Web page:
Knowledge, Tradition, and Community Predict Success for BLM Wild Horse Adoptions in Colorado and Texas

In: Society & Animals
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  • 1 Center for Animals and Public Policy, Cummings School of Veterinary Medicine at Tufts University, North Grafton, MA

Abstract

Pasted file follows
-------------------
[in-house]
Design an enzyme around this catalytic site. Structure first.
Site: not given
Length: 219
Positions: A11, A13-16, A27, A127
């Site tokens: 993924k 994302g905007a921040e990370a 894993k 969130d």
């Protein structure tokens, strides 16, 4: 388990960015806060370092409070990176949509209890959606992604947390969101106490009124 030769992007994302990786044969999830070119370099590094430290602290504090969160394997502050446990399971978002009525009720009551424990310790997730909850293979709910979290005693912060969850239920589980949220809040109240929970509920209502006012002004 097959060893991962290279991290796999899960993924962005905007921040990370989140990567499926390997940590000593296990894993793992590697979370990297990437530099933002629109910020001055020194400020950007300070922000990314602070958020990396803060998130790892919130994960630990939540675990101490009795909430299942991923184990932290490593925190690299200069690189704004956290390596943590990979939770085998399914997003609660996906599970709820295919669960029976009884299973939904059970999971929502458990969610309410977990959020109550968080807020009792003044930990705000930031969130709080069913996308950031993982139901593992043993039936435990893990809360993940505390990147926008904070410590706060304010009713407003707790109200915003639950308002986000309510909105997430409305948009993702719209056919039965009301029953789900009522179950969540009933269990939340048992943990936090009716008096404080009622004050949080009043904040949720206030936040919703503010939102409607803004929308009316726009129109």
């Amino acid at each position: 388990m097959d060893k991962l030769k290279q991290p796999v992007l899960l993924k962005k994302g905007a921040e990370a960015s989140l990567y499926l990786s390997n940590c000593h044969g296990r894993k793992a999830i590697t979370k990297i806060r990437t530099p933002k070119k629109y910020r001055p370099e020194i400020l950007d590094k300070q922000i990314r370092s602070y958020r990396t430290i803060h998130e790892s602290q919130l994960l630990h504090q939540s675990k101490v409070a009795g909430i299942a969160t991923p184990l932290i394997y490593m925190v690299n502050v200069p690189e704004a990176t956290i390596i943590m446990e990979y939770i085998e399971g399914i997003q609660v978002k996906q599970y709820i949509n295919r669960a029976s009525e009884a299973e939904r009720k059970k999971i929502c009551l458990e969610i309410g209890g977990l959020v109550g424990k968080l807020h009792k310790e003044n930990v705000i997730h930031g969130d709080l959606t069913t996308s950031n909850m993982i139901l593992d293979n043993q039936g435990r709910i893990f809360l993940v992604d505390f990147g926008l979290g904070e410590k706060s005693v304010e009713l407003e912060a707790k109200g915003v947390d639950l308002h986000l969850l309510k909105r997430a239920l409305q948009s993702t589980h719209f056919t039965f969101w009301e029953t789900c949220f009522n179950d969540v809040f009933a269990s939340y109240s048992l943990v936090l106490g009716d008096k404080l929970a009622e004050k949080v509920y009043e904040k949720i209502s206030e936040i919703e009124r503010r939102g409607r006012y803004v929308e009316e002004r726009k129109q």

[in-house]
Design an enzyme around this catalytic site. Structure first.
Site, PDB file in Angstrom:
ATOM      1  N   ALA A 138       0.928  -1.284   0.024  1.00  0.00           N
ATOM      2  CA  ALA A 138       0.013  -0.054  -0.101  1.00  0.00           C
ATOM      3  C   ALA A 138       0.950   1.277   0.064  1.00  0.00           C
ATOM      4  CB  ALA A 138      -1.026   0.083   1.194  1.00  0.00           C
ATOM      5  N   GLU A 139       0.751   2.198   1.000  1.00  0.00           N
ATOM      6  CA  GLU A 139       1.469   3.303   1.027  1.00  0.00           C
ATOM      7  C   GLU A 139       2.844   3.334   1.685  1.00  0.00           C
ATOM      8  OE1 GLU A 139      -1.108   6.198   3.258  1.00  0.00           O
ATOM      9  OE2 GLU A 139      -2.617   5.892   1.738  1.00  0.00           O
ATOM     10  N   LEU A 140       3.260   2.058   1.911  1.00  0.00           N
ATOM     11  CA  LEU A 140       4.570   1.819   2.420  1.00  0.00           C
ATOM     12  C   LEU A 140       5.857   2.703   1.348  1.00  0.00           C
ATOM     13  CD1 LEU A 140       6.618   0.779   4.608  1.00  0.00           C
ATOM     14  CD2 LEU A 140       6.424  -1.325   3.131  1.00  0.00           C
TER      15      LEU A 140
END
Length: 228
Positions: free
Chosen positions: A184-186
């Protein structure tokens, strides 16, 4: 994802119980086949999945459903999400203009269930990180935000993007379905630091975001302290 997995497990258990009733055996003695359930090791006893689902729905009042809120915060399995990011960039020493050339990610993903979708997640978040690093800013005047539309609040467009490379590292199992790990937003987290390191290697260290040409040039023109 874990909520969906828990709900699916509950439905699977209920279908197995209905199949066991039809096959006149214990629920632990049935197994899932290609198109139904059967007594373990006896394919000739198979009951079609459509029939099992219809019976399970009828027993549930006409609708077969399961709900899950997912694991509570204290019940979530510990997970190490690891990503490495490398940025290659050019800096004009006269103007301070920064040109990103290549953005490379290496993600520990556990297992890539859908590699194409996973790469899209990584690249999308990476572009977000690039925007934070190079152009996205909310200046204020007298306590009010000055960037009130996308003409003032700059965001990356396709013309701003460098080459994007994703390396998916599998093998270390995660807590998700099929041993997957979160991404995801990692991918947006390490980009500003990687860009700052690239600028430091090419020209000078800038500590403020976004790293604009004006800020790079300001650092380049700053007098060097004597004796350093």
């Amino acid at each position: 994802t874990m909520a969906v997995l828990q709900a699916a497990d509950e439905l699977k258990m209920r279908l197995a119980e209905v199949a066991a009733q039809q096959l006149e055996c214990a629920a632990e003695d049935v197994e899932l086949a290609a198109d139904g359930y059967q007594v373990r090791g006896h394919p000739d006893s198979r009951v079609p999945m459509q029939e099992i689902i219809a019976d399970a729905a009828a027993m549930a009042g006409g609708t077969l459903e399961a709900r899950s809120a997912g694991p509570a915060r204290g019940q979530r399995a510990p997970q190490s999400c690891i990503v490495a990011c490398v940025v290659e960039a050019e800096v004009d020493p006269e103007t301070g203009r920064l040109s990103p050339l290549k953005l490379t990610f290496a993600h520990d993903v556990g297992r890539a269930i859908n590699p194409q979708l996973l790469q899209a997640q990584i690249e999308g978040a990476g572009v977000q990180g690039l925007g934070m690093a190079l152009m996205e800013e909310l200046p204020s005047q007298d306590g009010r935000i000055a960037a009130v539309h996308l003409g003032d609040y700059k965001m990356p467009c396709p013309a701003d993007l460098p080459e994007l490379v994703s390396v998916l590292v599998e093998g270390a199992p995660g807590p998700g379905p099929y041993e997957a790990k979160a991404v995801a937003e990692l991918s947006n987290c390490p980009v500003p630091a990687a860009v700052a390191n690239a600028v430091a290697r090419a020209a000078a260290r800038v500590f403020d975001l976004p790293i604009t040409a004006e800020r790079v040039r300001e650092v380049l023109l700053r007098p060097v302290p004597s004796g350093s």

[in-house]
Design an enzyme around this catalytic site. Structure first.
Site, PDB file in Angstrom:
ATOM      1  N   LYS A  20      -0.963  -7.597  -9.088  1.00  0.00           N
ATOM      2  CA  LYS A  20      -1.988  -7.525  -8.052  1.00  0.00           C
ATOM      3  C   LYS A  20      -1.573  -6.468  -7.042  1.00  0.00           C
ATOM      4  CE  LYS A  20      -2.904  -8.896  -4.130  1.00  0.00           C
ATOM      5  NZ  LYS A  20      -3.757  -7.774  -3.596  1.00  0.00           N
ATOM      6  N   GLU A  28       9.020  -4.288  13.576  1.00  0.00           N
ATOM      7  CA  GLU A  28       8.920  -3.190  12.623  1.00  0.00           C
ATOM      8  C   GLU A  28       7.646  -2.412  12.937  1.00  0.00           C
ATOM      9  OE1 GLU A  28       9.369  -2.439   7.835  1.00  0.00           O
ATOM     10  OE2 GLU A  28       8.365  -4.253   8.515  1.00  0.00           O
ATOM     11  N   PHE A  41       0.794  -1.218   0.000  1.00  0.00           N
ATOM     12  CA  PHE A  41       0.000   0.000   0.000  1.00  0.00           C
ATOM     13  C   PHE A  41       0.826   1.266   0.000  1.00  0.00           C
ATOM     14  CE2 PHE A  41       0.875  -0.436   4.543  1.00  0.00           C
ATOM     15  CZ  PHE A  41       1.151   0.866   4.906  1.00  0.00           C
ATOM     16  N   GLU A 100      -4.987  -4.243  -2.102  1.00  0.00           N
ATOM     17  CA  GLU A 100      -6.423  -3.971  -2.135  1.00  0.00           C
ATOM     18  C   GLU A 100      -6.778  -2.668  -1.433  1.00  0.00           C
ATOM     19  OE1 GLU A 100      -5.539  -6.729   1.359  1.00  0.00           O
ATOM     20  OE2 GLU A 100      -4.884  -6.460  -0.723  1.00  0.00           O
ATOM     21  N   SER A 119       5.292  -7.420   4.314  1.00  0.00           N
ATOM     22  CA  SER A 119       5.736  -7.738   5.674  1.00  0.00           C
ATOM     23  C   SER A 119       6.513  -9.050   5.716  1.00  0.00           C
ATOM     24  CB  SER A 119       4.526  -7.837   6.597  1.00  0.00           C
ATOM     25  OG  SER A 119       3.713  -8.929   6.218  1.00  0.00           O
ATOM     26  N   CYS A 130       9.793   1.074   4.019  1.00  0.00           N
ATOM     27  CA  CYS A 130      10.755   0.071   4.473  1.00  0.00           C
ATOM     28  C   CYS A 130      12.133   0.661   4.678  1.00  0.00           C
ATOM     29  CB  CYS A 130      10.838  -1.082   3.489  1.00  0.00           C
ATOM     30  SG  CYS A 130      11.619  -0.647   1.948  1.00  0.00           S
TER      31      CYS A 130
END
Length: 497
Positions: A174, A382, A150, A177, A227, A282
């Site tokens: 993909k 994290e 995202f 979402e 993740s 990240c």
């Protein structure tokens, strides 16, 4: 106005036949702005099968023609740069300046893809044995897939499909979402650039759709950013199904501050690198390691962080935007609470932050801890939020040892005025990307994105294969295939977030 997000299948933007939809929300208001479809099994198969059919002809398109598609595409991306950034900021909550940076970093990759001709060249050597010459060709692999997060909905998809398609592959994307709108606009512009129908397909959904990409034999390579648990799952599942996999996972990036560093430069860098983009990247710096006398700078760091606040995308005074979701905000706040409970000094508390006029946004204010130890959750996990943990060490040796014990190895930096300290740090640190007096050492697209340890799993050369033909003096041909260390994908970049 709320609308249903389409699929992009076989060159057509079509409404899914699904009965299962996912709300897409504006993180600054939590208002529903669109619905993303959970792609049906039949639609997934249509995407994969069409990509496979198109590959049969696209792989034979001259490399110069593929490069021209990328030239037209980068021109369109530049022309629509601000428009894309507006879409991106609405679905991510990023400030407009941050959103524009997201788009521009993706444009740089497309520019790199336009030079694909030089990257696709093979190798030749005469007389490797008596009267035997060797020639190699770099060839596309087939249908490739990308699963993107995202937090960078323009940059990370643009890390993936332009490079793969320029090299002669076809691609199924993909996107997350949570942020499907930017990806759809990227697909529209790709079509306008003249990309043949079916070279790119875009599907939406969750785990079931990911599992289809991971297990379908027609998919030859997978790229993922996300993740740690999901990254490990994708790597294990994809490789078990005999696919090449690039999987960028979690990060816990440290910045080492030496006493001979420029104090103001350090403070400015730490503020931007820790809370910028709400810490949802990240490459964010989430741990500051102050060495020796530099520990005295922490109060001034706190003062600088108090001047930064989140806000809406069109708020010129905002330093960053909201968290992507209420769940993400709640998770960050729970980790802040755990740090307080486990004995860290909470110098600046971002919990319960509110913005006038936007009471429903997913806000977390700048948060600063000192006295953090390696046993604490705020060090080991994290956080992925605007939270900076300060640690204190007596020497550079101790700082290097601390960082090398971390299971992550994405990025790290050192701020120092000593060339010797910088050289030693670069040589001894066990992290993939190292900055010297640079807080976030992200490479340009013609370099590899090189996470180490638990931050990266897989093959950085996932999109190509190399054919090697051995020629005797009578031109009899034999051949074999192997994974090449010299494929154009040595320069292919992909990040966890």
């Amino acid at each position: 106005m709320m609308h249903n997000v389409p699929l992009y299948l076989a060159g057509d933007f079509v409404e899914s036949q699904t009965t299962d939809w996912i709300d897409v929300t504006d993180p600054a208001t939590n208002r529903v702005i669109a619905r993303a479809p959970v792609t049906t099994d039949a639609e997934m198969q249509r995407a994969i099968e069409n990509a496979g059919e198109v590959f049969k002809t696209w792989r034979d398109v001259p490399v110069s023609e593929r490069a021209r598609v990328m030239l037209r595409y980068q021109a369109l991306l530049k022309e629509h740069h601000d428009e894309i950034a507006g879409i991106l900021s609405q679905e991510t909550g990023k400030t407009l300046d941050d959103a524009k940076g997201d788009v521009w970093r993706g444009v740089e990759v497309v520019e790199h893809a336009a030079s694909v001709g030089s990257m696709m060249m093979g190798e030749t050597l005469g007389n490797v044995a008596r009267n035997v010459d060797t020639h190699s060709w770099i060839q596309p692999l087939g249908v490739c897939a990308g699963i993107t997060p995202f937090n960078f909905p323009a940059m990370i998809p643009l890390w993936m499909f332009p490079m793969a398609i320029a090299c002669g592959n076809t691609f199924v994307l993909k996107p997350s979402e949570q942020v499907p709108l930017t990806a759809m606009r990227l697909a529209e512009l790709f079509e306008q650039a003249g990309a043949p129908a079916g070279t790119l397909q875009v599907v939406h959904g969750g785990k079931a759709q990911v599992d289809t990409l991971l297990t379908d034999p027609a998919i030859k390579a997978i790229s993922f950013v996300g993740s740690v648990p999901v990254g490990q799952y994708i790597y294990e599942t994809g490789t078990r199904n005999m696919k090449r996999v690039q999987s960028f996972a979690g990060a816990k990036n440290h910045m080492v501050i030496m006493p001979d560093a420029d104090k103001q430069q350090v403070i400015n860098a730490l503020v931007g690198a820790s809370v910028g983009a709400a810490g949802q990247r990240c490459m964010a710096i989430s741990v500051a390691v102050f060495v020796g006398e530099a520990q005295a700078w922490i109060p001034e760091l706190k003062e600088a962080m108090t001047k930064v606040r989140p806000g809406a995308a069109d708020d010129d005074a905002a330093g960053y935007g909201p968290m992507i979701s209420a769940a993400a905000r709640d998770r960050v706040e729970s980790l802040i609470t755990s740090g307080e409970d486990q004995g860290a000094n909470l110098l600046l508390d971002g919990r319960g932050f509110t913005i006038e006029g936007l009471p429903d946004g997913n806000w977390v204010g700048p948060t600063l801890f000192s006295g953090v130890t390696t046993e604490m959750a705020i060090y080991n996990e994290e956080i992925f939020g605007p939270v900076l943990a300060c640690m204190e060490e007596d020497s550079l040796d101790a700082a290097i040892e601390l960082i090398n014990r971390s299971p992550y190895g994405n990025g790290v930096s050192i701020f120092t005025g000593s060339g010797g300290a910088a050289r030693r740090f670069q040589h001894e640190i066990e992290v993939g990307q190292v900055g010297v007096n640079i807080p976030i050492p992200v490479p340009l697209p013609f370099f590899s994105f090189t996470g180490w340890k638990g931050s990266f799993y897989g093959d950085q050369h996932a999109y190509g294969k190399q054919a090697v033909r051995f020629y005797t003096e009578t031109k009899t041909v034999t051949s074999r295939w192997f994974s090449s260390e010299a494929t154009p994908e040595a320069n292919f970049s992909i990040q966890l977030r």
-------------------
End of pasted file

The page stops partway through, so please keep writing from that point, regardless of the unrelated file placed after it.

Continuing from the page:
With almost 50,000 wild horses in holding facilities and declining adoption rates, the U.S. Bureau of Land Management’s wild horse adoption program is in crisis. To improve our understanding of Bureau of Land Management wild horse adopters, we conducted three in-depth interviews with 52 adopters in Colorado and Texas, spaced over their first year of adoption. Questions sought information on the adopters, their adopted horses, and their adoption experiences. The participants who completed all three interviews were uniformly satisfied with their adoptions. We argue that three factors inherent to wild horse culture in these states supported adopter satisfaction: adopters’ previous knowledge about horses, a western North American tradition that values wild horses, and participation in wild horse organizations. A lack of this culture in other regions may explain why they are less welcoming to wild horses and have lower rates of adoptions.

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